Jerome R. Corsi, a Harvard Ph.D., is a WND senior staff reporter. He has authored many books, including No. 1 N.Y. Times best-sellers "The Obama Nation" and "Unfit for Command." Corsi's latest book is "Who Really Killed Kennedy?"More ↓Less ↑
The House GOP leadership has announced their intention to take the Alaska drilling proposal out of the budgeted bill moving toward final passage. One day after the Senate badgered oil executives over record profits, the House looks positioned to step back one more time from America’s attempt to move toward oil independence.
The Congressional Office of Technology and Assessment reports that oil exploration in the Alaska National Wildlife Reserve – as contemplated in the current legislation – would require only about 5,000 to 7,000 acres, one-half of 1 percent of ANWR, or about 0.004 percent (four one-thousands percent) of Alaska’s total land mass. Putting together Prudhoe Bay with the coastal area of ANWR that may be opened to oil exploration and you still get an area that is about the size of a postage stamp on a football field. Prudhoe Bay’s gravel pads, gathering lines, production facilities, roads and other infrastructures occupy less than 6,000 acres of land, yet Prudhoe Bay remains America’s largest oil field.
The Energy Information Agency of the Department of Energy estimates that Alaska oil production averaged 902,000 barrels of oil per day from January through August 2004, about 16 percent of total U.S. oil production during that period, most of which comes from Prudhoe Bay. Opening up even a limited area of ANWR for drilling would offer the prospect of producing from Alaska possibly 40 percent or more of the oil consumed in America.
Each day we import some 12 million barrels of oil, about 60 percent of all the oil we consume. About 20 percent of our oil imports come from Persian Gulf countries, averaging about 2.4 million barrels a day. At $50 a barrel, this means we are sending more than $600 million a day overseas for oil, of which $120 million a day goes to Persian Gulf countries. At $60 a barrel, we are sending $720 million a day overseas for oil, of which $144 million goes to the Persian Gulf. With oil at $60 a barrel, we are sending overseas nearly a quarter of a trillion dollars each year just to buy oil.
We have never before in our history experienced this massive a transfer of our wealth overseas. Moreover, our dependence upon foreign countries means we are increasingly vulnerable to being held hostage from oil. Do we not send back the flood of Mexican illegal immigrants crossing our borders because we import 1.75 million barrels of oil a day from Mexico? Are we forced to tolerate Hugo Chavez’s socialism and insults to America because we import 1.3 million barrels of oil a day?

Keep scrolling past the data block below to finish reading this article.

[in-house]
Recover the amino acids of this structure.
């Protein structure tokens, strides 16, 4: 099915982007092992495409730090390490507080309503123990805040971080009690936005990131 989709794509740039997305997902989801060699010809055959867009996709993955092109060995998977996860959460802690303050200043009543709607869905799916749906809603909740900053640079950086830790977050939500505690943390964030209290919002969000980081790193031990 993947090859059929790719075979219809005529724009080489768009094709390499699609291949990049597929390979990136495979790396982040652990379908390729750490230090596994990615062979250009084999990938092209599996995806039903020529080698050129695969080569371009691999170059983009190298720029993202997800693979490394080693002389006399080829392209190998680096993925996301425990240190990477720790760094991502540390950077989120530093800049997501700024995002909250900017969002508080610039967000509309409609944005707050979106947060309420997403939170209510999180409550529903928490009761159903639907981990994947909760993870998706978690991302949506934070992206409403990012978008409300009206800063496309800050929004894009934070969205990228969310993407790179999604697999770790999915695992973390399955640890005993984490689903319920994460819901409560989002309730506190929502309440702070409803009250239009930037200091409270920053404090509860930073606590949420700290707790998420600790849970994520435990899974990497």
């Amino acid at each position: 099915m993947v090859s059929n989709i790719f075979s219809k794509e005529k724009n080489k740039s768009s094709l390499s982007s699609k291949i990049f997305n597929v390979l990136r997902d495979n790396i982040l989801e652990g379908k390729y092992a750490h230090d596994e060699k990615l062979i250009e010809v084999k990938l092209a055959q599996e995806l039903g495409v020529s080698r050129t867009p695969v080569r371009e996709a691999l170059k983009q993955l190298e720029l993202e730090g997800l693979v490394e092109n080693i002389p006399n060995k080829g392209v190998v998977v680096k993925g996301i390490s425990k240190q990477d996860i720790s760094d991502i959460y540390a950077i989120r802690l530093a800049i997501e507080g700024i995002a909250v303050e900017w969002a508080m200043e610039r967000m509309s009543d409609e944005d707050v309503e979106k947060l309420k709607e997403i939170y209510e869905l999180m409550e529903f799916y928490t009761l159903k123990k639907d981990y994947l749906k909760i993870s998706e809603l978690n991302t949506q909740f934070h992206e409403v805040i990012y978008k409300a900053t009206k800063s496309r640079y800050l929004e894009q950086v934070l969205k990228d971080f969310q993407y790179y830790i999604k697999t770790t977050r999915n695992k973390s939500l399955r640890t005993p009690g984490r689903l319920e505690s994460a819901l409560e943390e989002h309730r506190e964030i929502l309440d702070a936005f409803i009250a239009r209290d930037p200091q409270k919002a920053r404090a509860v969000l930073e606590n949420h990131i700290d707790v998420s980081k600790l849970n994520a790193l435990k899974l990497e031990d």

The internal politics of our foreign oil partners can directly affect us by their willingness to open up or shut down the oil spigot. Today we have to have foreign entanglements because we have to import foreign oil.
Perhaps the Sierra Club ought to be forced to register as a foreign lobbyist for Saudi Aramco? Certainly foreign oil companies have no better friend in America than radical extremists who stand in the way of every effort to produce more oil in Alaska and offshore, where we know we have oil not currently registered in our foreign reserves. Why not? Radical environmentalists will not tolerate any new exploration of oil in America, no matter how reasonable or environmentally responsible.
Listening to the environmentalists, we could almost get the impression that they don’t want even limited exploration of ANWR because they are afraid of how much oil we might find in Alaska. How many working motorists forced to pay $50 to $75 to fill their gas tanks can still afford their Sierra Club memberships? When we move to 70 percent dependence on foreign oil, will working Americans still be comfortable to leave billions of barrels of unexplored oil in the ground under Alaska and offshore?
These are important questions, especially when the Senate has raised the question of confiscating oil company “windfall profits.” We have argued that the oil companies need to realize they have obligations to be socially responsible. What is the oil company plan to invest profits in refineries? We have not built a new refinery in the United States in the last 30 years. This is a key part of the “stranglehold.” Even if we drilled more oil in ANWR, we could not get more gasoline into the pump unless we expand our refining capabilities.
We call here for more hearings, this time with the environmentalists. Let’s get a balance between protecting every caribou and allowing some reasonable exploration of domestic oil so we can take an important step away from foreign oil dependence. Let’s arrive at a reasonable formula for the environmental barriers to building new refineries so we can press oil company executives to put more capital into the supply side of the equation.
By removing the ANWR drilling provisions from the House budget bill, GOP congressmen who want to move to the center by appearing more “green” have probably achieved this limited objective. But are these same congressmen willing to face constituents when the voting public realizes each concession to radical environmentalism is another move away from increasing domestic supplies we badly need – not only to keep oil prices affordable, but to make sure we do not compromise our national security on the altar of keeping all environments “pristine”?